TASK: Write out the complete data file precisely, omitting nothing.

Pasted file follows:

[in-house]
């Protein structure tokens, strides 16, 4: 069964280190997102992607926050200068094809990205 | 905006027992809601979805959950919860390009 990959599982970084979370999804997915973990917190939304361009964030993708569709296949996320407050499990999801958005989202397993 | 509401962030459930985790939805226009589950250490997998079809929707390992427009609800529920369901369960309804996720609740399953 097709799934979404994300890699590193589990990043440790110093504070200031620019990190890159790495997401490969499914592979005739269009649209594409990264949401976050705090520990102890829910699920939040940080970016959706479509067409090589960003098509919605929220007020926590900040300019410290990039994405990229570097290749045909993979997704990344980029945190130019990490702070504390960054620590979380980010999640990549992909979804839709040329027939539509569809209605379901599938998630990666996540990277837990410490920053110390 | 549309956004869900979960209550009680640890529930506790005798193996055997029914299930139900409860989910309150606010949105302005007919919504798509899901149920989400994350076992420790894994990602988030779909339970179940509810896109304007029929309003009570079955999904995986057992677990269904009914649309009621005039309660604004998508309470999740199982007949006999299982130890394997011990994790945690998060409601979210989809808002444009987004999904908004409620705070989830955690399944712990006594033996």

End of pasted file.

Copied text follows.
[in-house]
């Protein structure tokens, strides 16, 4: 069964280190997102992607926050200068094809990205 | 905006027992809601979805959950919860390009 990959599982970084979370999804997915973990917190939304361009964030993708569709296949996320407050499990999801958005989202397993 | 509401962030459930985790939805226009589950250490997998079809929707390992427009609800529920369901369960309804996720609740399953 097709799934979404994300890699590193589990990043440790110093504070200031620019990190890159790495997401490969499914592979005739269009649209594409990264949401976050705090520990102890829910699920939040940080970016959706479509067409090589960003098509919605929220007020926590900040300019410290990039994405990229570097290749045909993979997704990344980029945190130019990490702070504390960054620590979380980010999640990549992909979804839709040329027939539509569809209605379901599938998630990666996540990277837990410490920053110390 | 549309956004869900979960209550009680640890529930506790005798193996055997029914299930139900409860989910309150606010949105302005007919919504798509899901149920989400994350076992420790894994990602988030779909339970179940509810896109304007029929309003009570079955999904995986057992677990269904009914649309009621005039309660604004998508309470999740199982007949006999299982130890394997011990994790945690998060409601979210989809808002444009987004999904908004409620705070989830955690399944712990006594033996």